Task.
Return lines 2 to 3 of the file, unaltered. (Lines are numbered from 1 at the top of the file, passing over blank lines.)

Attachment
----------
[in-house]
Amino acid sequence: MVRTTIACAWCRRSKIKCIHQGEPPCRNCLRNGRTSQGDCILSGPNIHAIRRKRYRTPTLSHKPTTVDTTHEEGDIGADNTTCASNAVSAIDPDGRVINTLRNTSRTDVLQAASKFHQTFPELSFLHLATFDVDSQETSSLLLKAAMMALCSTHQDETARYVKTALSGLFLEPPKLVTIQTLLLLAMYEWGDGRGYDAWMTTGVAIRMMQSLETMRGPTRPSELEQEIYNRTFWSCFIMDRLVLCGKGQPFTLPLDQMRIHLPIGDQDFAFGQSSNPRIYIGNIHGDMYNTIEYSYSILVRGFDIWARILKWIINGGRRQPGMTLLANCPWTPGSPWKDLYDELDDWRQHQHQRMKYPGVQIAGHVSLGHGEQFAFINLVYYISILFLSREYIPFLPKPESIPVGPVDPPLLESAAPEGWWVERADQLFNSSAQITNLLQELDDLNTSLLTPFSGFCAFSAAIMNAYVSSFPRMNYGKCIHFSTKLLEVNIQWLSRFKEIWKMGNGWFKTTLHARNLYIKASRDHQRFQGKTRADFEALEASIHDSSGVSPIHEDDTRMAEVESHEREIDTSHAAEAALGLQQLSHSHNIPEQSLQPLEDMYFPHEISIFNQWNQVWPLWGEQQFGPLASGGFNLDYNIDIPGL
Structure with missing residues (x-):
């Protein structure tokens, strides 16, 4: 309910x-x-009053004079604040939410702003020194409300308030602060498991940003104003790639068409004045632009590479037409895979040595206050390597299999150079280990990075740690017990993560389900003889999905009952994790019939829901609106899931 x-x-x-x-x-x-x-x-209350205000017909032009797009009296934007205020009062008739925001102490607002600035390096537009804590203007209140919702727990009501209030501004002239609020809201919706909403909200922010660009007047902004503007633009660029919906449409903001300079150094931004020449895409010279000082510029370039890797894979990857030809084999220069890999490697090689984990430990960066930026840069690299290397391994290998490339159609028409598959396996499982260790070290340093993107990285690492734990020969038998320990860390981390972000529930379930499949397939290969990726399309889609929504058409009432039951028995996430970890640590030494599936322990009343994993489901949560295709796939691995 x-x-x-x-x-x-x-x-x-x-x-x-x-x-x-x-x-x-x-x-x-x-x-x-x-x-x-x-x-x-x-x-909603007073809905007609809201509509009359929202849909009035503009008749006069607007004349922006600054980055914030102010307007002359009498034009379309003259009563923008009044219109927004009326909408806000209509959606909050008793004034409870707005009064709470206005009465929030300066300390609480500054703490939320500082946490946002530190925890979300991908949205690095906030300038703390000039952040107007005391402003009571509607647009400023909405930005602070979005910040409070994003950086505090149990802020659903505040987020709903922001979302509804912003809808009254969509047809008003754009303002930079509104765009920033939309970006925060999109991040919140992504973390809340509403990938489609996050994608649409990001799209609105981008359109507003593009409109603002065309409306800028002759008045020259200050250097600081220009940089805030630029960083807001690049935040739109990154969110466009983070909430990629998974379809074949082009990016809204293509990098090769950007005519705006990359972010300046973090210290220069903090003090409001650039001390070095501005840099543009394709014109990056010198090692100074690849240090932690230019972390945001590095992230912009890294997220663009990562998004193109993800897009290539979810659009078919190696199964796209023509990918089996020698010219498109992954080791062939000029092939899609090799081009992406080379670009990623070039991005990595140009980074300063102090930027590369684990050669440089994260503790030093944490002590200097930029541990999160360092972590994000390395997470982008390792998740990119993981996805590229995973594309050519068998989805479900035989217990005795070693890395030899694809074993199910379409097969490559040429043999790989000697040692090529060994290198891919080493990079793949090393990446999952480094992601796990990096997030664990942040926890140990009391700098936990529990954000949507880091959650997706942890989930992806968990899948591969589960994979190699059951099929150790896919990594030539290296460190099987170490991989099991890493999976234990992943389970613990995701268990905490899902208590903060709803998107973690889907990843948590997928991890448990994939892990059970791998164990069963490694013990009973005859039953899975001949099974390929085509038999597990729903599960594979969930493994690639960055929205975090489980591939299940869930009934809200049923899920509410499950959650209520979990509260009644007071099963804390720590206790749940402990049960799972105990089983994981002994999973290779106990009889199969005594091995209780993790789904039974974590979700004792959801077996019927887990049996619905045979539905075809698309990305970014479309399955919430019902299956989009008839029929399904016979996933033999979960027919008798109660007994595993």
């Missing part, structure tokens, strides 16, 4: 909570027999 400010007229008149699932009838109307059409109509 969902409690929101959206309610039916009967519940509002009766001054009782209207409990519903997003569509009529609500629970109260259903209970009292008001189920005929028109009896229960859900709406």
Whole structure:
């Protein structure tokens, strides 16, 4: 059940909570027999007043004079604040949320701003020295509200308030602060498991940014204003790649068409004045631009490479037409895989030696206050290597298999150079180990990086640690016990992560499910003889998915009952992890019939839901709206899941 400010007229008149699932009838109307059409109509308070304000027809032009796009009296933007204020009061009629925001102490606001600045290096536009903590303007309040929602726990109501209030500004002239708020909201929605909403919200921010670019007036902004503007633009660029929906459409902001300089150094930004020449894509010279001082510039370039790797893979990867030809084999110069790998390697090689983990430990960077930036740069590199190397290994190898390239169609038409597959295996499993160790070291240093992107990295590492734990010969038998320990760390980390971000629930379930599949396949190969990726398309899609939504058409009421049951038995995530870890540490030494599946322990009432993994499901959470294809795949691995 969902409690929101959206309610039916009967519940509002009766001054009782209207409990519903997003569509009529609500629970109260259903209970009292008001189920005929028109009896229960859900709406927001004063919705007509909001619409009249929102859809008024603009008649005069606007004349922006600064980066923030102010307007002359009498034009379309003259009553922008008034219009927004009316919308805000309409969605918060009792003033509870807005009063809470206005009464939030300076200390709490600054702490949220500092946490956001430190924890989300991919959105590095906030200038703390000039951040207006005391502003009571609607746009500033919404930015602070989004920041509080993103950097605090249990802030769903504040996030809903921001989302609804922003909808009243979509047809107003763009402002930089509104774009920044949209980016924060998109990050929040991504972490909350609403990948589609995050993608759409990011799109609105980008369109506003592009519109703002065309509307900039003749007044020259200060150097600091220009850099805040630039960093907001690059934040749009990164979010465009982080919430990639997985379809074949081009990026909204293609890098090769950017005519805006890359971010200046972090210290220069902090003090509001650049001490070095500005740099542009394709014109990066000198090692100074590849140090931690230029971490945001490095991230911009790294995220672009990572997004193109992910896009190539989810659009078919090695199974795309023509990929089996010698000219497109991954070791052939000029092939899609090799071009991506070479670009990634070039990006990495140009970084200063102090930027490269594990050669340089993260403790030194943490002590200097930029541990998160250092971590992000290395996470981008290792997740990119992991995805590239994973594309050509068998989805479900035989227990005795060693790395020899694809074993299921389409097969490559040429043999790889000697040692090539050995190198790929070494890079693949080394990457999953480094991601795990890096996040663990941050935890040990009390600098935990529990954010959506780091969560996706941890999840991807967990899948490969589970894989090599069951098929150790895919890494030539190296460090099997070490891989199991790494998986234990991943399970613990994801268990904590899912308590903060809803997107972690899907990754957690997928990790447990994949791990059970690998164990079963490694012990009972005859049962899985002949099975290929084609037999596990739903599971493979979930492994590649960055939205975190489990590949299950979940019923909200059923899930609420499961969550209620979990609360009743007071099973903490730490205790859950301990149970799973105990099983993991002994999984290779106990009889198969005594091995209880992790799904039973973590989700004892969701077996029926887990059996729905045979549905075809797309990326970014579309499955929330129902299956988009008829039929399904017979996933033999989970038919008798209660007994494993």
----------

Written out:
Amino acid sequence: MVRTTIACAWCRRSKIKCIHQGEPPCRNCLRNGRTSQGDCILSGPNIHAIRRKRYRTPTLSHKPTTVDTTHEEGDIGADNTTCASNAVSAIDPDGRVINTLRNTSRTDVLQAASKFHQTFPELSFLHLATFDVDSQETSSLLLKAAMMALCSTHQDETARYVKTALSGLFLEPPKLVTIQTLLLLAMYEWGDGRGYDAWMTTGVAIRMMQSLETMRGPTRPSELEQEIYNRTFWSCFIMDRLVLCGKGQPFTLPLDQMRIHLPIGDQDFAFGQSSNPRIYIGNIHGDMYNTIEYSYSILVRGFDIWARILKWIINGGRRQPGMTLLANCPWTPGSPWKDLYDELDDWRQHQHQRMKYPGVQIAGHVSLGHGEQFAFINLVYYISILFLSREYIPFLPKPESIPVGPVDPPLLESAAPEGWWVERADQLFNSSAQITNLLQELDDLNTSLLTPFSGFCAFSAAIMNAYVSSFPRMNYGKCIHFSTKLLEVNIQWLSRFKEIWKMGNGWFKTTLHARNLYIKASRDHQRFQGKTRADFEALEASIHDSSGVSPIHEDDTRMAEVESHEREIDTSHAAEAALGLQQLSHSHNIPEQSLQPLEDMYFPHEISIFNQWNQVWPLWGEQQFGPLASGGFNLDYNIDIPGL
Structure with missing residues (x-):